Morgan’s touchdown run was proceeded by quarterback Jimmy Seewald (Livonia, Mich. / Divine Child) completing his longest pass of the day. Yet another senior, Frank Catrine (Springboro, Ohio / Bishop Fenwick), was on the receiving end of the 29-yard heave that set up first-and-goal.
Fifth-year seniors Nunes and Slone, the final players in the program who predated Cecchini and his staff, went out by helping a team that had two one-win seasons in their first three years on campus finish in front of six teams in the league standings for the first time since 1954 and the second time in program history.
“We have some of the best coaches in all of Division I in my opinion,” Nunes said. “They bring a lot of experience from various backgrounds. They have a blueprint for having success with the type of football that our league presents. They’ve made such amazing changes with the program. They’ve changed the entire attitude of our team.”
Clarke was Valpo’s starting quarterback for a season and a half, but the emergence of Seewald led to a position change for the New Jersey native. Clarke stuck with the program, making contributions this season as the primary long snapper and as a backup tight end.
“Ryan personifies what our program is all about,” Cecchini said. “He is a special player and a special human being. He did a great job at quarterback, but he was willing to say, ‘Hey Coach, wherever you need me, I’m ready to help us win football games.’ That was most important to him, and that’s a team football player. To see him finish his career with that two-point play is something I’m going to remember for the rest of my life.”
Valpo hadn’t defeated Dayton – a team that entered Saturday with a 114-36 all-time Pioneer Football League record – since Oct. 11, 2003. Since that game, the Flyers had beaten the Crusaders by an average of 32 points per game during their long winning streak in the head-to-head series.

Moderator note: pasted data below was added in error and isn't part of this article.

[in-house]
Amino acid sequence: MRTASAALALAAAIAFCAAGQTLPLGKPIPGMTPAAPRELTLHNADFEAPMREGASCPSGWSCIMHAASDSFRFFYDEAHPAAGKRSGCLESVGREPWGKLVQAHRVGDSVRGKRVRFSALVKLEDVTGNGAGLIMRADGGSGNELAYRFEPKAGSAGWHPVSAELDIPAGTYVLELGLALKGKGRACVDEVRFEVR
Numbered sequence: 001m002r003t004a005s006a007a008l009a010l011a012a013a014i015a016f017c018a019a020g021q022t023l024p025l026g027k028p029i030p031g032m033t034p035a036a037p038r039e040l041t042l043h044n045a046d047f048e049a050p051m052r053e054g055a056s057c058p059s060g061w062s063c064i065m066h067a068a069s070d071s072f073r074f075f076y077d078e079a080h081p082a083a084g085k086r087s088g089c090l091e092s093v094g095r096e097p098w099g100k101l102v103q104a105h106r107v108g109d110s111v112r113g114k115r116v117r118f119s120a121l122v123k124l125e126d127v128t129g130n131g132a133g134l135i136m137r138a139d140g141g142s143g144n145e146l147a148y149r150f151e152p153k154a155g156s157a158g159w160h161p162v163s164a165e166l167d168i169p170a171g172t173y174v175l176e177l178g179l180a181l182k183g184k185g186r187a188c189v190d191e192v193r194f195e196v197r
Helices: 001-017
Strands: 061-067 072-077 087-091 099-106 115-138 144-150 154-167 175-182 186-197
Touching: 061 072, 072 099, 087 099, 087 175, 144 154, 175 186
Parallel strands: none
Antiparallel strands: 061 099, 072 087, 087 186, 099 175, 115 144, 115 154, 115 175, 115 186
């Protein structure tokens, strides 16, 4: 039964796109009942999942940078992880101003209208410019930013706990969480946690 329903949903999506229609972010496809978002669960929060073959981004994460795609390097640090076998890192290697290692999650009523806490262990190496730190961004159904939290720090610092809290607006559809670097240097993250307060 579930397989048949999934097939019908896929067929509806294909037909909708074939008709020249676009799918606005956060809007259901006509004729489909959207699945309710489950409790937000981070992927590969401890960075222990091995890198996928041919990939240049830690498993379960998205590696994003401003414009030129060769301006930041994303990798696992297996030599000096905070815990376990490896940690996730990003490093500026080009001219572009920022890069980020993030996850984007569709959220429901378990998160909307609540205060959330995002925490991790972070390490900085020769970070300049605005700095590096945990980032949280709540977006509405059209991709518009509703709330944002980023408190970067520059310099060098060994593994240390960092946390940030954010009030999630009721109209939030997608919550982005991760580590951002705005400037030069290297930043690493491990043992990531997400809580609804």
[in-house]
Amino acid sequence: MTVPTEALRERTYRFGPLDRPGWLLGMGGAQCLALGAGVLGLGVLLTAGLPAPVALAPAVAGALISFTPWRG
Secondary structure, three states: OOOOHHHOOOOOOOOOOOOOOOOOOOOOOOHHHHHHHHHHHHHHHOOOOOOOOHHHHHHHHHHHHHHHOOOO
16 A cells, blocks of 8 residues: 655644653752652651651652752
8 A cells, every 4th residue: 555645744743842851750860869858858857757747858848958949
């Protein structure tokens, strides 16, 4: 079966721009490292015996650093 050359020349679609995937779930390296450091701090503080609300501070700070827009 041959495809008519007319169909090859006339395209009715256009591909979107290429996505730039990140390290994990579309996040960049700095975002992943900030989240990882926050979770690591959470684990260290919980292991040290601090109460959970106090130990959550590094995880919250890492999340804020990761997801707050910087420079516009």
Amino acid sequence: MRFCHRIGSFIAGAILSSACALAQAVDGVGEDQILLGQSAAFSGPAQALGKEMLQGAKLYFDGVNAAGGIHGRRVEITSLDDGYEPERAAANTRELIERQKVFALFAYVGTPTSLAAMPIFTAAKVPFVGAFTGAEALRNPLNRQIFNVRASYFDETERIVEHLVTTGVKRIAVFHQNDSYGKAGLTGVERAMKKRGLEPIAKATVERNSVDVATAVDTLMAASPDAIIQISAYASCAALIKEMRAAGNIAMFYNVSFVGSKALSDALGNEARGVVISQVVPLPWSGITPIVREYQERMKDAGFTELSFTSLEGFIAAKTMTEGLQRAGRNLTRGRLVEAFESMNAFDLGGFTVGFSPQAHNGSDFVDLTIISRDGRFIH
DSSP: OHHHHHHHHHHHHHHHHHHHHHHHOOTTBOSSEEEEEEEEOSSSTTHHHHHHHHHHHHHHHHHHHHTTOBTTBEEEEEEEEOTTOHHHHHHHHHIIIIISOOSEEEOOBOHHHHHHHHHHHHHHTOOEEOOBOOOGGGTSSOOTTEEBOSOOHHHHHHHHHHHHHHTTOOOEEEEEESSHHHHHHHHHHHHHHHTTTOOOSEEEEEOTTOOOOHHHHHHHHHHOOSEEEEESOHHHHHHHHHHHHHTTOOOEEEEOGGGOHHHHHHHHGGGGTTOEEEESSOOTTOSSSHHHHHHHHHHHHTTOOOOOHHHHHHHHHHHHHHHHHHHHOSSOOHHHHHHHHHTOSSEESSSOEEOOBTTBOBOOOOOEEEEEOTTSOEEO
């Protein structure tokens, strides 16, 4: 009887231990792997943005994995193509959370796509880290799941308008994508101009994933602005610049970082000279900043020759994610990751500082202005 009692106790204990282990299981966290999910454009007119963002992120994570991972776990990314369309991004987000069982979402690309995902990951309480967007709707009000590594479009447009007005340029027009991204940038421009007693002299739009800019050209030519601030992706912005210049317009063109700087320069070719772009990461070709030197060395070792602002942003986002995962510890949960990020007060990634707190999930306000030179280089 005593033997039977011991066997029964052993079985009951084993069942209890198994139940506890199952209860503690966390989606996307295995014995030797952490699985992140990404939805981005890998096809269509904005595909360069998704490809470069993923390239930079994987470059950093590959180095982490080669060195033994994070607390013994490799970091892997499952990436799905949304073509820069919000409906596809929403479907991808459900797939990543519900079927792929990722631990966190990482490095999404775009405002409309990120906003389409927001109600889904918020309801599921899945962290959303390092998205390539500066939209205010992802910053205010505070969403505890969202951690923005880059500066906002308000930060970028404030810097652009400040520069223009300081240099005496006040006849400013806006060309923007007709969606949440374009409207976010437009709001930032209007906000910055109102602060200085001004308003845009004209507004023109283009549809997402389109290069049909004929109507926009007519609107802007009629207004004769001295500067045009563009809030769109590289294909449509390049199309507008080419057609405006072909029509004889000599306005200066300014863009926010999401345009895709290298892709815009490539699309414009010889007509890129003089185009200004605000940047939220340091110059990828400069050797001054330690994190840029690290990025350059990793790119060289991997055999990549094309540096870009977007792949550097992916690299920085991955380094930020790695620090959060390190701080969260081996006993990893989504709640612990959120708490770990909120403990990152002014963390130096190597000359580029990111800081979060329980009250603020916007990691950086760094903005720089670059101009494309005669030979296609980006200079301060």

The eight points marked the fewest scored by Valpo in a victory since defeating Indianapolis 6-3 on Oct. 26, 1991. The Crusaders went undefeated in PFL home games and finished 4-1 at home with the only loss coming to scholarship foe Duquesne by five points. Valpo won four league home games in the same season for the first time in program history.
The Crusaders finished in a three-way tie for third in the PFL after being picked to place 10th of 11 in the preseason poll. Valpo won four of its last five games to finish with six wins for the first time since 2003.
The team concluded the season with 330 points scored, as the Morgan-to-Clarke two-point play that will go down in Valpo lore pushed this year’s team to second in program history for points in a single season. Catrine’s catch on the last drive of the year moved Valpo into second in program history for total yards of offense.
“Coming off a huge win against Butler and winning the Hoosier Helmet, it was really important to dedicate this week to our seniors,” Cecchini said. “As a first-time head coach, there’s a special bond with your first recruiting class, one that words really can’t describe. Many of these guys took a tremendous leap of faith coming to Valpo from all over the country based on the word that we were going to turn this program around and become competitive. I owe these guys a debt of gratitude. To see these seniors experience this success is a magical feeling. I’m amazingly proud of what they’ve done for me personally and for the program and this University.”